13:13 8/4/23
Witch and Isabella and Blodwen (Episode 6)
Episode 6 looks at the podcast series Witch, and the graphic novel Isabella and Blodwen. In the 13 part podcast series Witch, host and journalist India Rakusen and her team create a spellbinding series with each half an hour episode artfully exploring different aspects of what “Witch” can mean and how it has changed over the centuries. Artist, writer, and comic book creator Rachael Smith has built a loyal following with her autobiographical comic strips. Isabella & Blodwen dives back to her fantastical fictional work and brings together precocious 16 year old Isabella and the chaotic witch Blodwen who vows to help her as she struggles with life at Oxford University. ​ The episode starts with Witch, but you can skip to 10minutes 35seconds if you just want Isabella & Blodwen review. For the written review for both of these and links mentioned go to episodes page at: All music in the episode is by Ketsa. (Creative Commons License CC BY-NC-ND 4.0)
16:37 7/31/23
Open Water and The Night She Disappeared (Episode 5)
Caleb Azumah Nelsons debut novel Open Water is an astonishing achievement. Combining poetic prose and rhythms to match the heart wrenching tale of love and identity against the backdrop of a frenetic London and racial tensions. Lisa Jewell has cemented her reputation as an elite thriller writer and The Night She Disappeared is an other hit of the genre - which might seem a long way from her debut novel in 1999 but there are similarities that make both compulsive reading. The episode starts with Open Water, but you can skip to 8 minutes if you just want The Night She Disappeared review. For the full write reviews of both books and for previous episodes go to All music in the episode is by Ketsa. Music By Ketsa (Creative Commons License CC BY-NC-ND 4.0)
13:36 7/31/23
Elizabeth is Missing and Cardinal (Episode 4)
A double header this week. First up, I marvel at how in "Elizabeth is Missing", Emma Healey has crafted a tale about an old lady with dementia into a thrilling and moving mystery. Next up, I consider the themes that connect that novel to the Scandi-noir-esque Canadian detective series "Cardinal". ​ The episode starts with the review of "Elizabeth is Missing", but you can skip to 7minutes 20seconds if you just want the "Cardinal" review. Go to for the written versions of both reviews and all links. Music by Ketsa Creative Commons CC BY-NC-ND 4.0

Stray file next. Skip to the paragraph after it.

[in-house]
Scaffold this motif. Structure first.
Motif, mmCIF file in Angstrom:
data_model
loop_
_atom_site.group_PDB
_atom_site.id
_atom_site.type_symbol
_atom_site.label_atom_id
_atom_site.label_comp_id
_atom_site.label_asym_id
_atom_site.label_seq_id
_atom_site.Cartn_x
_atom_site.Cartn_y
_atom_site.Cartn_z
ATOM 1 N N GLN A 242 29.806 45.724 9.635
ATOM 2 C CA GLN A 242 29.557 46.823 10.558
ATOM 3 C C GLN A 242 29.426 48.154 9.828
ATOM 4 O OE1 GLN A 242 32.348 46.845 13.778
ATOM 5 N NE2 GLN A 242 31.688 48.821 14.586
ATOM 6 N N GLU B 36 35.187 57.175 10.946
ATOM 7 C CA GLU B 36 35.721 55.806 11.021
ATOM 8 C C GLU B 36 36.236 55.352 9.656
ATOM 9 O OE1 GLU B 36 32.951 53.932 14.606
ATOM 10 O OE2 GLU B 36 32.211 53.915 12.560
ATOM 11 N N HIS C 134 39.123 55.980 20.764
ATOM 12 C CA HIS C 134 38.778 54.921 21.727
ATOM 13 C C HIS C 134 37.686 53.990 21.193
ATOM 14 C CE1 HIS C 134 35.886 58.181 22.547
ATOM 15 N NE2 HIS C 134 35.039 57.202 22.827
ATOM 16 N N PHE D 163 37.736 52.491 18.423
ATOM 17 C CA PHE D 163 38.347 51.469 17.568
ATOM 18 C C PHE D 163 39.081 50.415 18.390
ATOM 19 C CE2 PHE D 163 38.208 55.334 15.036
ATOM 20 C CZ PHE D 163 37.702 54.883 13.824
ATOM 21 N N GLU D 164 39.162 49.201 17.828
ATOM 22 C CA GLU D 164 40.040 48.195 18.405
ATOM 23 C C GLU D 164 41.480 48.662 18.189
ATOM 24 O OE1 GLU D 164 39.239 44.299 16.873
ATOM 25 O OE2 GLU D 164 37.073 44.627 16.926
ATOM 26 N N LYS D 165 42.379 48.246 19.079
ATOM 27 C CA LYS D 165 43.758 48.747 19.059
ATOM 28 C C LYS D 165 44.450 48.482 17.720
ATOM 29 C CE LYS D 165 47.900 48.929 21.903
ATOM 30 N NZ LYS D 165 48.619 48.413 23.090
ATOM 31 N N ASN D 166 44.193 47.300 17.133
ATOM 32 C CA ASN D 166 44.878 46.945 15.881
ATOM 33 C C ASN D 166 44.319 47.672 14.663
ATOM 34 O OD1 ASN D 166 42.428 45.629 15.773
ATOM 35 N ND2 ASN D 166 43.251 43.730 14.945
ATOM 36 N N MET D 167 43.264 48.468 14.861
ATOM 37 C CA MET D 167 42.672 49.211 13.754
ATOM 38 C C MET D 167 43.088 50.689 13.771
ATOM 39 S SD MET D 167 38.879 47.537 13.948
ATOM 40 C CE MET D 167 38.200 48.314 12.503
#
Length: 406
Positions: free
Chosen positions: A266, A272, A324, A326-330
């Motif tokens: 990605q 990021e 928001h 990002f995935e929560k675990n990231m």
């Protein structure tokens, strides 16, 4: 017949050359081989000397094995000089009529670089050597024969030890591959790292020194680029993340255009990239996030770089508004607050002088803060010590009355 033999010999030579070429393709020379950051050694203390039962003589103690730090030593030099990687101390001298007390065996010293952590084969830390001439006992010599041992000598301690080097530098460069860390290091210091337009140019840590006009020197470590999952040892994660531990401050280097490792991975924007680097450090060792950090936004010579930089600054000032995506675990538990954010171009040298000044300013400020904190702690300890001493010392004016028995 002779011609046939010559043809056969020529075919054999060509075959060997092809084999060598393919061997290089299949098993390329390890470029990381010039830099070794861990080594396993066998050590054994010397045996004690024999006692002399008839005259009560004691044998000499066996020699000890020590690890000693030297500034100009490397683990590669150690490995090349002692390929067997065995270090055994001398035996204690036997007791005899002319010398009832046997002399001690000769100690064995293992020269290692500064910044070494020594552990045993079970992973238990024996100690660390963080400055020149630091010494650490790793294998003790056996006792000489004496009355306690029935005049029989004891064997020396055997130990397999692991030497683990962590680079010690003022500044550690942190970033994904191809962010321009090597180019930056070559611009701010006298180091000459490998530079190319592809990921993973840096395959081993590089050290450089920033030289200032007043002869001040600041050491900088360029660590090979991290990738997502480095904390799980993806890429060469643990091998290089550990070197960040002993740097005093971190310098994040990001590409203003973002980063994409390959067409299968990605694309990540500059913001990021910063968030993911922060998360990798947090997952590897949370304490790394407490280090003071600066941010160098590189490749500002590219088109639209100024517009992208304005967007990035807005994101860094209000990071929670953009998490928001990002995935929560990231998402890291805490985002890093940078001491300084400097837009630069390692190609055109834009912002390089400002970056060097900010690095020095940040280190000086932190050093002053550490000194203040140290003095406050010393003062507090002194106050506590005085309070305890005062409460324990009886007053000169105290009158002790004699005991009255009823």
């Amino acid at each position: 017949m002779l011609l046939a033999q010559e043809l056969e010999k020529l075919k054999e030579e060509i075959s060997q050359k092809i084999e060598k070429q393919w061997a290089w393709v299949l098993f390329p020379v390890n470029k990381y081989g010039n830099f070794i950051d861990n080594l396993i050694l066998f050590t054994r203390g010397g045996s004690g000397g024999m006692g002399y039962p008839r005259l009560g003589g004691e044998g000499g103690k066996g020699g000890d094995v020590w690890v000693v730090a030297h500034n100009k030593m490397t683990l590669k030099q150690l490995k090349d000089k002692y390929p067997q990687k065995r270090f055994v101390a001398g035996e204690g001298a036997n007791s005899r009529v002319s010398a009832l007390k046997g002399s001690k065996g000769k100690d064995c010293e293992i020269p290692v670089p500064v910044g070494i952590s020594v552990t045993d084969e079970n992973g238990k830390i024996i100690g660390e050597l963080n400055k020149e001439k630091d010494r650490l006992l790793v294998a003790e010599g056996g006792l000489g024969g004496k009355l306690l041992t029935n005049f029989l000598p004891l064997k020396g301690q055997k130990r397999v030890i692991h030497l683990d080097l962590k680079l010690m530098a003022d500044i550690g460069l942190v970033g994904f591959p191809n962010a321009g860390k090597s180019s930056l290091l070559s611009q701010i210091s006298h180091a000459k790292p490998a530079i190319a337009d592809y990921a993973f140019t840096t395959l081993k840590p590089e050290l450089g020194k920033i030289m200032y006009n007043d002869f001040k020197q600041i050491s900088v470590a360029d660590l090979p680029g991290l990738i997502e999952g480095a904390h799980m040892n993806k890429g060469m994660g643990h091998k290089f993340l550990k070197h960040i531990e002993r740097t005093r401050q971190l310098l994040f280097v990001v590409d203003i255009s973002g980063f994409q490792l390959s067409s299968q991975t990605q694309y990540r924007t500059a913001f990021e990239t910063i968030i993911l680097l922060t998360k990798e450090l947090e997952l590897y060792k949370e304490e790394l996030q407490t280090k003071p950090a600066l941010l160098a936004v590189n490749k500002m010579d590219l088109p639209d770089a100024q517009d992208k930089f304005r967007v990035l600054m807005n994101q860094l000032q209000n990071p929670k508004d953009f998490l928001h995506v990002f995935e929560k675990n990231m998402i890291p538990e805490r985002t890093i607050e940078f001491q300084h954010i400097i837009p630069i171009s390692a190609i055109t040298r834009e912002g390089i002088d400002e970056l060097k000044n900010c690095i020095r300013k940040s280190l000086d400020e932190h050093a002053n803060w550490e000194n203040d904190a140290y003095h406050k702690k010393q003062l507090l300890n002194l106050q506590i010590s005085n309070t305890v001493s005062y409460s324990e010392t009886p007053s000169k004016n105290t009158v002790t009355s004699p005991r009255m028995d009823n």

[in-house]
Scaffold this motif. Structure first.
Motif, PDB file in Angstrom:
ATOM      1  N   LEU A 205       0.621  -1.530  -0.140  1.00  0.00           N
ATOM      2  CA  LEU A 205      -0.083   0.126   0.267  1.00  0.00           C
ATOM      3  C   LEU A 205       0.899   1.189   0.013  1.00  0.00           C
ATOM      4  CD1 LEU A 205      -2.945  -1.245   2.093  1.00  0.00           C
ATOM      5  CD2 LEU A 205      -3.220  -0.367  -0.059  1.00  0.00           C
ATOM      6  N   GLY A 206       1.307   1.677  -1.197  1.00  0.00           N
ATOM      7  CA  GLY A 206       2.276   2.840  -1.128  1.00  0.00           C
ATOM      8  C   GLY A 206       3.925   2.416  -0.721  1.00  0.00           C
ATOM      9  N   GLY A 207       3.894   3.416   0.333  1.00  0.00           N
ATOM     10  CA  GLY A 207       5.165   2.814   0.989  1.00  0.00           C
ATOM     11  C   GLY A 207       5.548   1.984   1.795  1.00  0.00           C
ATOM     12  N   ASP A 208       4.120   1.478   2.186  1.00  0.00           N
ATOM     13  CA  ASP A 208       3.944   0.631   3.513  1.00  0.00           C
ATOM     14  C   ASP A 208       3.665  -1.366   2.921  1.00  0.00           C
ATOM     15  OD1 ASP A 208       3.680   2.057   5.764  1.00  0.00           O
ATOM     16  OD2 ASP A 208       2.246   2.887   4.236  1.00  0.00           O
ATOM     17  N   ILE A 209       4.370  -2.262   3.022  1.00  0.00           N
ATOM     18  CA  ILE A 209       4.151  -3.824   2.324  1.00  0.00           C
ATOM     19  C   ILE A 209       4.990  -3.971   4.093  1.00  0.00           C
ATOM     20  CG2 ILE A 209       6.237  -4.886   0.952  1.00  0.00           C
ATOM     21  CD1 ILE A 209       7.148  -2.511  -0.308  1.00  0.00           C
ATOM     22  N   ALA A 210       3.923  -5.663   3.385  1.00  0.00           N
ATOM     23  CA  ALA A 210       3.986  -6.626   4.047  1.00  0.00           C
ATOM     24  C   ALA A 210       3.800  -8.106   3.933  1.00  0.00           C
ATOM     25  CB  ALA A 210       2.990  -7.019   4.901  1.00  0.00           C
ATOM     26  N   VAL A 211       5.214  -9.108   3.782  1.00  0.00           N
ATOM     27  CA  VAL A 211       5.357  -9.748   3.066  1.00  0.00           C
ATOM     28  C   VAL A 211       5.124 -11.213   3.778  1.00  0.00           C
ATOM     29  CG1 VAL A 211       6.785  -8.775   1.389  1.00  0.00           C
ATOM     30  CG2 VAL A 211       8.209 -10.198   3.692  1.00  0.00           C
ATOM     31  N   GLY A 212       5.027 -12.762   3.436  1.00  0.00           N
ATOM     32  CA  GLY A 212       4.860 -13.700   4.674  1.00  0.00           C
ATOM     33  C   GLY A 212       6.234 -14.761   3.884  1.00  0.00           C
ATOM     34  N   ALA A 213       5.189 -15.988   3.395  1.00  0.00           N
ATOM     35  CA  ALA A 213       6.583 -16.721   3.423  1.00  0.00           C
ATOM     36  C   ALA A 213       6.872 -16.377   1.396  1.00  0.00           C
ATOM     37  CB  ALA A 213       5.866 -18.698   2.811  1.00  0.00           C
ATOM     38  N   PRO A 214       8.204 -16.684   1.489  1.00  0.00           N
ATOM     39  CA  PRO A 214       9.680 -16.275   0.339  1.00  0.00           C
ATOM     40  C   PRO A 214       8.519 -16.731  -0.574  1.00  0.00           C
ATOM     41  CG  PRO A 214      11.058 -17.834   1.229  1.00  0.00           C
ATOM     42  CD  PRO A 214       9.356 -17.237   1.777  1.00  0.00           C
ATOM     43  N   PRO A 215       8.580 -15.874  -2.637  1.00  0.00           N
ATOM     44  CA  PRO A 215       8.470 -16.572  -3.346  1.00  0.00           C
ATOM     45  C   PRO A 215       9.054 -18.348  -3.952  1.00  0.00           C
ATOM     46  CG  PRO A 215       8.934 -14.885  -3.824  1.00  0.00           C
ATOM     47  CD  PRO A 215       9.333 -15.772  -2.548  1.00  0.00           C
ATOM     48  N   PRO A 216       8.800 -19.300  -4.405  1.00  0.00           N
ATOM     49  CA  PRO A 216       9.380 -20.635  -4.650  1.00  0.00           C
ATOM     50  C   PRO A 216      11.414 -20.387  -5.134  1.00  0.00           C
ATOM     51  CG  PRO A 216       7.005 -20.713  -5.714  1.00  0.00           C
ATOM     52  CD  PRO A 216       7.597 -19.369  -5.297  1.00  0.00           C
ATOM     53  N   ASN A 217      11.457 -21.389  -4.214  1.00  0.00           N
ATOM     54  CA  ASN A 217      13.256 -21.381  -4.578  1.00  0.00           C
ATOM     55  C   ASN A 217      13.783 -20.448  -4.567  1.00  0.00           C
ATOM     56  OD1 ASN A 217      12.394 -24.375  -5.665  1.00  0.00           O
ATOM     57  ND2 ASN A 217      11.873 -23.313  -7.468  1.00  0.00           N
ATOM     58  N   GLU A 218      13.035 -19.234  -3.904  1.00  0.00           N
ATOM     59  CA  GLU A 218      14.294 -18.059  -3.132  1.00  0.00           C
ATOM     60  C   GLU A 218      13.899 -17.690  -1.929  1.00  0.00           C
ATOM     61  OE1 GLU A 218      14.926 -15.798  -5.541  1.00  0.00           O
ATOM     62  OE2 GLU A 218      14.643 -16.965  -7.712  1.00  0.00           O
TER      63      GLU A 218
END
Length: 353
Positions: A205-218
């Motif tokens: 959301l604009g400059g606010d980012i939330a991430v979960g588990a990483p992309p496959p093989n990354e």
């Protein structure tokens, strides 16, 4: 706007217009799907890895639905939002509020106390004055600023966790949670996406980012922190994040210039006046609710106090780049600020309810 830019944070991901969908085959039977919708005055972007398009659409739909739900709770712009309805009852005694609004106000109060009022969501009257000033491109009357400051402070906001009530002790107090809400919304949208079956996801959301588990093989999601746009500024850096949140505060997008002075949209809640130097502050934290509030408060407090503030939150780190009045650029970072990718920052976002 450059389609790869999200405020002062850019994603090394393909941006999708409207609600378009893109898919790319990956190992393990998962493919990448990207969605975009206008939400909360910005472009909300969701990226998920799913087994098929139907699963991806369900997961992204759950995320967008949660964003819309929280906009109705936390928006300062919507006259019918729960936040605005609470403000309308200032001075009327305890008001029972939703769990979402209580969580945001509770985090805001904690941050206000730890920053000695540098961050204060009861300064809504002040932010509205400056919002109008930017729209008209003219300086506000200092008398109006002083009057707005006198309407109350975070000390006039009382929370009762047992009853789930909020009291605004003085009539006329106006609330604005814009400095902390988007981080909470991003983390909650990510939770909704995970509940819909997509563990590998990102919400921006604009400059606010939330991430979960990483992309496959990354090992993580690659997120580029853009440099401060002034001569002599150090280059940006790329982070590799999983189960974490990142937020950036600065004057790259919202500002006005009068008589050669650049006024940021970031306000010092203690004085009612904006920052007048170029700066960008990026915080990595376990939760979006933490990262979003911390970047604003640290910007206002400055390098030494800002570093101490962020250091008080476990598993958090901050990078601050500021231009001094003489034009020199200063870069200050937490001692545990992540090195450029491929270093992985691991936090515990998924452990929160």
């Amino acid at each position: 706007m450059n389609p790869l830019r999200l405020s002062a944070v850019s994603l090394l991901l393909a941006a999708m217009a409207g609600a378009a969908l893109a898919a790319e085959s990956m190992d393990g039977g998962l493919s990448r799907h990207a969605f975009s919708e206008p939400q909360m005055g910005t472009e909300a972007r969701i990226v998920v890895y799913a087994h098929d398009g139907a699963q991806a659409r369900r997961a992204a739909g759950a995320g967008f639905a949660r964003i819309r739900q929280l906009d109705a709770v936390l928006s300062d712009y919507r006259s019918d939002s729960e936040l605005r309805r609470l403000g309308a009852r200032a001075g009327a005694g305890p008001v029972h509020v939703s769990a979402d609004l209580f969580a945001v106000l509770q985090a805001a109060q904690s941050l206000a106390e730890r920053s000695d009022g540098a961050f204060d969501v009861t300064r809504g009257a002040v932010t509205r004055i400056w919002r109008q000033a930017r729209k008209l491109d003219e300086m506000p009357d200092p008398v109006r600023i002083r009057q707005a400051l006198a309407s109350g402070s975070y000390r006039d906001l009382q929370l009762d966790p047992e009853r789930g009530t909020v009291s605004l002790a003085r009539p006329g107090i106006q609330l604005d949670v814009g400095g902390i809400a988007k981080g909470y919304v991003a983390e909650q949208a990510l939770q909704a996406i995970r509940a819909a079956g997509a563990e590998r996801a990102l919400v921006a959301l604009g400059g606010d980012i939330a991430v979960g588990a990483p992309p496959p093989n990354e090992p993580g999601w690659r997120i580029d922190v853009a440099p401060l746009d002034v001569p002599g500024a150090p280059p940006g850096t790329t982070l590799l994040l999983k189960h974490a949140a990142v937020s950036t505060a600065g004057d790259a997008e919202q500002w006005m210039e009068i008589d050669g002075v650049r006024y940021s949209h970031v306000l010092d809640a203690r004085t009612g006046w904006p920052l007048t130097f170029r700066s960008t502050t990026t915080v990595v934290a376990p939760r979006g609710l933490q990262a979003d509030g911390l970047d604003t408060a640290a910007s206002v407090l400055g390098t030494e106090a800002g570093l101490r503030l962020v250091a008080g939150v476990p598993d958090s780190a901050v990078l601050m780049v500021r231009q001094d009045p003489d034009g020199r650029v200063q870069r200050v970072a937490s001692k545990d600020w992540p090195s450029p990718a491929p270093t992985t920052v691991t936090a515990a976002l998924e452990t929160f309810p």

13:07 7/31/23
The Power by Naomi Alderman (Episode 3)
The Power by Naomi Alderman is a provocative near future science fiction novel that poses a “what if?” scenario and dares you to confront the world around you and your place in it. It is quite literally shocking, as well as a world-hopping thriller with graphic action and uncomfortable moral choices. Could it also be the smash hit TV show of 2023? Blog and video version available Music: Gods Among Men by Prox-C. Creative Commons CC BY-NC-ND 4.0 Elemental by ATUM.
08:46 7/31/23
The Coming Storm Podcast (Episode 2)
The Coming Storm is a BBC podcast by journalist Gabriel Gatehouse and producer Lucy Proctor that on the surface is about the background to the Capitol Insurrection in Washington DC on the January 2021. Whilst the repercussions of that day still reverberate in the news and the courts in the present, this series takes a deep dive into history. What makes this a must listen series and how is it like the best thriller films? Music: Gods Among Men by Prox-C. Creative Commons CC BY-NC-ND 4.0
07:46 7/31/23
Fairy Tale by Stephen King (Episode 1)
Did Stephen King write a Young Adult novel? I also think I know the perfect director to make any film adaptation that might be tried of this vast imaginative novel. ​ In the first of my The Biscuit Reviews selections, I give myself a treat by starting with an author who I have re-embraced in the last decade after first leaping into IT and Needful Things when my older brothers got me into horror books as a kid. Let's dive into how the master storyteller gets to grip with one of the oldest story forms - the fairy tale. Get a full guide and other reviews at Produced by Humanish. Music: Gods Among Men by Prox-C. Creative Commons CC BY-NC-ND 4.0 Elemental by Day.
09:26 7/31/23